Analysis Of The Book ' Cannery Row ' By John Steinbeck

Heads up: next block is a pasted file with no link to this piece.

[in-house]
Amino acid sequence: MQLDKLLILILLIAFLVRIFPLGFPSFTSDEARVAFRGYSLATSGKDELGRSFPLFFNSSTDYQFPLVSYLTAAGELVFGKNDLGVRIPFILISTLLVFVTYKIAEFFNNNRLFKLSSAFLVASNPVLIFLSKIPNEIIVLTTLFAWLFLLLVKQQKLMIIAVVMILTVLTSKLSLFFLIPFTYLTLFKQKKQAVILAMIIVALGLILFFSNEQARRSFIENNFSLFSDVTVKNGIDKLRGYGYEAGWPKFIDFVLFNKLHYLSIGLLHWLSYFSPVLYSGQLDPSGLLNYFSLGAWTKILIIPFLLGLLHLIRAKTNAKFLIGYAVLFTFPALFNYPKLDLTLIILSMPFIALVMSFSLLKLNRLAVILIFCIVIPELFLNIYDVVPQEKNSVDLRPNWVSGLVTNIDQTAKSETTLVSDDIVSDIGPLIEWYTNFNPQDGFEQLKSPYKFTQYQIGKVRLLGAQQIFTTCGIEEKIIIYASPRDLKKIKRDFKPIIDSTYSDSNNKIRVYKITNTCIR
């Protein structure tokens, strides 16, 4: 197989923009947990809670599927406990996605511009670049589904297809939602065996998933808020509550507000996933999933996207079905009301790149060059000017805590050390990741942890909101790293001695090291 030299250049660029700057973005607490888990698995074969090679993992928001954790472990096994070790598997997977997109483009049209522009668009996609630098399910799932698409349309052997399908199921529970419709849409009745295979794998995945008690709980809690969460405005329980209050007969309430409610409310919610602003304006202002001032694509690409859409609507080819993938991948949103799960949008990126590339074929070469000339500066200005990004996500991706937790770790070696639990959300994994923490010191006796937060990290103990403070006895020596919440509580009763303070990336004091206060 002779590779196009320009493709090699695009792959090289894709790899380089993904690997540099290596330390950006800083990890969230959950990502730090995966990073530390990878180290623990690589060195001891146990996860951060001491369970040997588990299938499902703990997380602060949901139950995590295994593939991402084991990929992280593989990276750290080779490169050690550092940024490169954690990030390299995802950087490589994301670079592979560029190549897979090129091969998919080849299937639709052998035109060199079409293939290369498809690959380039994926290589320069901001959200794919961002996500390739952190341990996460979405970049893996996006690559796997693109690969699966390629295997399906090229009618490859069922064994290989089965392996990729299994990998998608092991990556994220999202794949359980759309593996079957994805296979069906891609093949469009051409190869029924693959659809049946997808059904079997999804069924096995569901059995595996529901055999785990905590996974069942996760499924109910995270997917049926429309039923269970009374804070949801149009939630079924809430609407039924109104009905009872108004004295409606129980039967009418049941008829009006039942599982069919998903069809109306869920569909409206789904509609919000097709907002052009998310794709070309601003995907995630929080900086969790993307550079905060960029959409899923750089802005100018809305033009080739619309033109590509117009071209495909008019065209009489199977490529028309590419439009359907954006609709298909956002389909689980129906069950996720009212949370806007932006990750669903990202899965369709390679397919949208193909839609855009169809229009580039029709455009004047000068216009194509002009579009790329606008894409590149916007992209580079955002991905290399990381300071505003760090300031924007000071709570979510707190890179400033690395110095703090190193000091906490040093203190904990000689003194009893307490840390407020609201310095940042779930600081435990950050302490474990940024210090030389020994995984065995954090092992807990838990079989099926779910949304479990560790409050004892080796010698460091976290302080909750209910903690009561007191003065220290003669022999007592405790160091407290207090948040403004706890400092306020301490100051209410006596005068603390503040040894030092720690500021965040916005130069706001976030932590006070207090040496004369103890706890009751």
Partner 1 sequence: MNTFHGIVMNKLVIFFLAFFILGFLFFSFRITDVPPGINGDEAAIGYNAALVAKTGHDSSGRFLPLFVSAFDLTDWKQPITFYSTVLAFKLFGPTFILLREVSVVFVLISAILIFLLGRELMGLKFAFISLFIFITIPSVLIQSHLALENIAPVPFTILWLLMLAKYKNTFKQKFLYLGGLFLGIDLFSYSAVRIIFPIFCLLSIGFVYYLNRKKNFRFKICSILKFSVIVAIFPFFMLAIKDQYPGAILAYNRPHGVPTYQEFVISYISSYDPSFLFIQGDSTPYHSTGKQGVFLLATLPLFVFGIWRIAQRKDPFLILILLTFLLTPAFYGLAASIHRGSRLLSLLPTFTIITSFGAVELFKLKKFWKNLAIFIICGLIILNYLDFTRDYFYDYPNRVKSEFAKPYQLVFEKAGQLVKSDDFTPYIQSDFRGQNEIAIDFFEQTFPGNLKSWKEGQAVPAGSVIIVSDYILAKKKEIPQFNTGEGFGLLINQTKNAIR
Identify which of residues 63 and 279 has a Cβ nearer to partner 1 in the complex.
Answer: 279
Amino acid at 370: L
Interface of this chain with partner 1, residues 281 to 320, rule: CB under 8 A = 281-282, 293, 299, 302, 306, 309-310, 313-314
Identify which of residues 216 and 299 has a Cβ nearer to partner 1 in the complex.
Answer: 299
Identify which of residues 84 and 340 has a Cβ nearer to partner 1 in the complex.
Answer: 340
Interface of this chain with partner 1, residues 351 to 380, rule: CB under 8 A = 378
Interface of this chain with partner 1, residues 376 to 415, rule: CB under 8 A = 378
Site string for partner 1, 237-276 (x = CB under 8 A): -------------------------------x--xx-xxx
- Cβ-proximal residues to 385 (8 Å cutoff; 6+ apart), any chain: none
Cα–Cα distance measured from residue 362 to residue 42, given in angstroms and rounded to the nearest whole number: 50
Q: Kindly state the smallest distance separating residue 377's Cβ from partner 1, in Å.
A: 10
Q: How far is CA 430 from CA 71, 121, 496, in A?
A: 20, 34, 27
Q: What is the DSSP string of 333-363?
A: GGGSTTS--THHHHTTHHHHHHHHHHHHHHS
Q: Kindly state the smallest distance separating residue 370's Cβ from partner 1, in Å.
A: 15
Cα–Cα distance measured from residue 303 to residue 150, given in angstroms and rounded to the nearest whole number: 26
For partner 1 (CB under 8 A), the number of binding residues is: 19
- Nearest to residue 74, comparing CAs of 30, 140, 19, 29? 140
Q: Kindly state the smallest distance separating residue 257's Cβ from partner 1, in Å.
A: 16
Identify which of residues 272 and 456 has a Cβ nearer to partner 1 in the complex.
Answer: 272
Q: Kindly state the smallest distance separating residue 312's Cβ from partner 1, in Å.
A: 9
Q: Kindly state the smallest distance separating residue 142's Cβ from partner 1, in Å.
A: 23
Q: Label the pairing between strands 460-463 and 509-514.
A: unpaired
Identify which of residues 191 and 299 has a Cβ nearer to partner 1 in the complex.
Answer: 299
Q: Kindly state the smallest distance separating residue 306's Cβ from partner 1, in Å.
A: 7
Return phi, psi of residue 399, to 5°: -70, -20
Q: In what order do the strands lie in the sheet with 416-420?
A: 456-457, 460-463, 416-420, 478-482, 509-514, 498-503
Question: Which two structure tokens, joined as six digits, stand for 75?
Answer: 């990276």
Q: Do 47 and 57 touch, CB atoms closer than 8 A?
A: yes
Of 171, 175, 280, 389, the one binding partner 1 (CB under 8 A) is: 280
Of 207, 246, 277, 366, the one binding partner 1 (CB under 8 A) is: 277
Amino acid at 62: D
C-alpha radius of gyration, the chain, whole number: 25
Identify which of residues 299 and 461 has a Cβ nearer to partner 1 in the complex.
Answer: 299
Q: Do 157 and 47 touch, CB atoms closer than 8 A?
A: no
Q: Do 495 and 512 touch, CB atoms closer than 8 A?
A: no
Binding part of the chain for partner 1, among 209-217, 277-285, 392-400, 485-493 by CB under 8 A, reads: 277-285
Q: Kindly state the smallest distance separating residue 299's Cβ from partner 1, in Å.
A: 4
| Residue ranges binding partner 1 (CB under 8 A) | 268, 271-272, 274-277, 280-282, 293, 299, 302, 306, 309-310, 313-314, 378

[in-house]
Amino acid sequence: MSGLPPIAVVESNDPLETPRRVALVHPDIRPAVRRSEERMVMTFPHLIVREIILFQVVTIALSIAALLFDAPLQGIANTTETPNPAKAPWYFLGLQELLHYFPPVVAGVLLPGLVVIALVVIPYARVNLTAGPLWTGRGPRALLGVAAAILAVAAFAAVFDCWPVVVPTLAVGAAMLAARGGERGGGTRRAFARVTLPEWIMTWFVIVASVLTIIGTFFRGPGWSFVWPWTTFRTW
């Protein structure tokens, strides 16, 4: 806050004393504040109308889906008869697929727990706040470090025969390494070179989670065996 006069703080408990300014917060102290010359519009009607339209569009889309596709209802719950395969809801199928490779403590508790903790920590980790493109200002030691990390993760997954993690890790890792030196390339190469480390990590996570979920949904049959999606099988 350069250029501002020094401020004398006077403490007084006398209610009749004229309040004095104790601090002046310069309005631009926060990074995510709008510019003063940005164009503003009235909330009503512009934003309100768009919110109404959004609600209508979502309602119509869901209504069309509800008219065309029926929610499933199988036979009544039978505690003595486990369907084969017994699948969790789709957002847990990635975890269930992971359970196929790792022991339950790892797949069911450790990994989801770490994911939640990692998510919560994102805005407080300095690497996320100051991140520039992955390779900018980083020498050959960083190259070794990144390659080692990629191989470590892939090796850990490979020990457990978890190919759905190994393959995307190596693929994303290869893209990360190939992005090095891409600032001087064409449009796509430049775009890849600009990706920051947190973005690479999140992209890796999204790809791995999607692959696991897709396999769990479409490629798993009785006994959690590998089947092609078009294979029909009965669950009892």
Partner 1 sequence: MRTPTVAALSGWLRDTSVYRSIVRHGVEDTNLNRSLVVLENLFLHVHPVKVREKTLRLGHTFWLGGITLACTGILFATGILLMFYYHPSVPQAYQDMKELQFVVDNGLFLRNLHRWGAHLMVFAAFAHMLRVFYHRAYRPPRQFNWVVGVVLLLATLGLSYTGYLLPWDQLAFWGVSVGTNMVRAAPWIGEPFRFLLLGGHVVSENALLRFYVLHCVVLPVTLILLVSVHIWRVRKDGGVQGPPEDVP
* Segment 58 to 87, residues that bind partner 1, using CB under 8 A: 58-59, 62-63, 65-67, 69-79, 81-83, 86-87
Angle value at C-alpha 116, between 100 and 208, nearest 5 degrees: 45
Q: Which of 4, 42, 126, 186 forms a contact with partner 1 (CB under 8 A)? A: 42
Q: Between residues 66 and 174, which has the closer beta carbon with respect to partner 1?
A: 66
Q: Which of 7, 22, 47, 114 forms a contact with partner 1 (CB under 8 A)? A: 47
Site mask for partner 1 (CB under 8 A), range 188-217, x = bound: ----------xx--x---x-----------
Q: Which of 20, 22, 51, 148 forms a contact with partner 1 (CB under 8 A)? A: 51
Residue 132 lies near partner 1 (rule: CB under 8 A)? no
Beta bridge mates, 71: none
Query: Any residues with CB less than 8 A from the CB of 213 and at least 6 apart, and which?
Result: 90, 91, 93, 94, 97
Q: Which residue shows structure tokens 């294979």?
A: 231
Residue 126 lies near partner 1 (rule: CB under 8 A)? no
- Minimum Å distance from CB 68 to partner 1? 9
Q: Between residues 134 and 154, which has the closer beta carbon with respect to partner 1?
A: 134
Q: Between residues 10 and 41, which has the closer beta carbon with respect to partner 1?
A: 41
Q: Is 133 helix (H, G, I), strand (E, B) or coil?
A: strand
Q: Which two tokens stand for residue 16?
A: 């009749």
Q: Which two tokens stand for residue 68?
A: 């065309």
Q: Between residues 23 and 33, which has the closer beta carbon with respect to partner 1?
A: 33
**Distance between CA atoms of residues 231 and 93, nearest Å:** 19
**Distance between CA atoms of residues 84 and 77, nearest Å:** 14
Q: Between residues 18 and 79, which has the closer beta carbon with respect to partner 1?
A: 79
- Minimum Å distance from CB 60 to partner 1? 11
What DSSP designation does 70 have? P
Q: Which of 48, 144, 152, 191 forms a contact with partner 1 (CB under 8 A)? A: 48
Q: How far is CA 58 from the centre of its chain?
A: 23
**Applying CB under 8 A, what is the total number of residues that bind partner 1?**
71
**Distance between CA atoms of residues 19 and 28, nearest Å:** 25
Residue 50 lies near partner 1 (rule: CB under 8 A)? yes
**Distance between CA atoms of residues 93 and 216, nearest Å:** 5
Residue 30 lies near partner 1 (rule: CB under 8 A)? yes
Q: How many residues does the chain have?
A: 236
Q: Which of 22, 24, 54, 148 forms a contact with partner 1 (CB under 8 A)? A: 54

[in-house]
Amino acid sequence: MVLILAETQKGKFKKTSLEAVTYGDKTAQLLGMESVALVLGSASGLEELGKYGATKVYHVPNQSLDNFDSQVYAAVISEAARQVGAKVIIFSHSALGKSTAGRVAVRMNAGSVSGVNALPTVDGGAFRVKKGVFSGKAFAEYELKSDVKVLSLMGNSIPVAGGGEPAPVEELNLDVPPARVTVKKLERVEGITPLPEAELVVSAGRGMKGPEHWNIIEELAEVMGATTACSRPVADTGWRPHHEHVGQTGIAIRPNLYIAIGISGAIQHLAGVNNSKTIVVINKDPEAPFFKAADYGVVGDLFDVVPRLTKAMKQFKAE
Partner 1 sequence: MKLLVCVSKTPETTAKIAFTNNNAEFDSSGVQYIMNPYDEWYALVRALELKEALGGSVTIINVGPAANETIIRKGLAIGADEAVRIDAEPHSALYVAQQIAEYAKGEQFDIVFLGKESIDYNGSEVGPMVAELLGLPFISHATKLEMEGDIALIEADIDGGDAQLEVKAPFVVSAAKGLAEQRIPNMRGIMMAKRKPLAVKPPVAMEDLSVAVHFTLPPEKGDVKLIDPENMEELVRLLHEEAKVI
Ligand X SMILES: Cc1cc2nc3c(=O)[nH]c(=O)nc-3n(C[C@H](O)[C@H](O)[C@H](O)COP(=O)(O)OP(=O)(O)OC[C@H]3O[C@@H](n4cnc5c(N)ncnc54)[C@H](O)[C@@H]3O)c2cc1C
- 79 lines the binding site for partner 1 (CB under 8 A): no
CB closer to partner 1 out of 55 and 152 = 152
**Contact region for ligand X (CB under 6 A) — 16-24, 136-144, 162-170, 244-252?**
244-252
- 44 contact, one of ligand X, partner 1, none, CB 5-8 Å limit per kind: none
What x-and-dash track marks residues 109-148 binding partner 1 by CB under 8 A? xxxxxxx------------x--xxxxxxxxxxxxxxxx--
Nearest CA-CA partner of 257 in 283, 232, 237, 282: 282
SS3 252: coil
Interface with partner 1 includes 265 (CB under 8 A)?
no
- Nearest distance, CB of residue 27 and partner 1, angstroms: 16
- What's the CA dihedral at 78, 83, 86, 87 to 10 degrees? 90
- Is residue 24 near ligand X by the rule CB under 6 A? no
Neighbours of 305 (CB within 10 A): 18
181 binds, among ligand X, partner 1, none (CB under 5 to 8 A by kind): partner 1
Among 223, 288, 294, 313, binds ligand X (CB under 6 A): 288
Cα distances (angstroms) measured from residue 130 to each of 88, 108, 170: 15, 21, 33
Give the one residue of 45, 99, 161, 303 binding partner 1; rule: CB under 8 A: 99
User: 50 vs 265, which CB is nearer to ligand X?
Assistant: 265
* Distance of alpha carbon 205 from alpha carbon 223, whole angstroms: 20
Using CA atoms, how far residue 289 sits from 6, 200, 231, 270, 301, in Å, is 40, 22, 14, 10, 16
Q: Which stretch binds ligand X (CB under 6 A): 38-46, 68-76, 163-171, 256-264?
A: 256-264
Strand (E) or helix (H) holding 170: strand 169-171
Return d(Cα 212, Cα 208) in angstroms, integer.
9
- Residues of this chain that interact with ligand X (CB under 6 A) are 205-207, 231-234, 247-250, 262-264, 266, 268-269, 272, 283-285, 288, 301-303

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Polar Cannery Row, by John Steinbeck, is a book that follows the relationships the inhabitants of the Monterey community have to one another. The adventures of the degenerates of the community revolve around the highly respectable Doc, making up the main plot of the book. However, the story of the dynamic between the two is laced with segments of distraught that paint the cannery into something other than a home to American industry. Steinbeck creates this little community to represent any other, however gives the reader different perspectives of the activities within in order to deconstruct the expected utopia that everyone assumes to plague local communities. He shifts the outlook on the cannery from a lifeless snapshot of a community located within Monterey California, to a living image bustling with reality. Steinbeck creates a rift in perspective to reflect the hidden values and realities of the ugly and beautiful through the interactions and pursuits of the degenerates of the community, “Mack and the boys,” and the figurehead of Cannery Row, Doc. Throughout the entire book, Mack and the Boys are proven to be quite noble men, despite their social rank. Each of the men in this group are shown to possess one unique quality that seems to be the moral of a folktale or mythological story. Even the purposes these men serve within the book are rooted within good intent. Meanwhile, the highly-respected Doc drowns himself in women and music to hide from his loneliness. This

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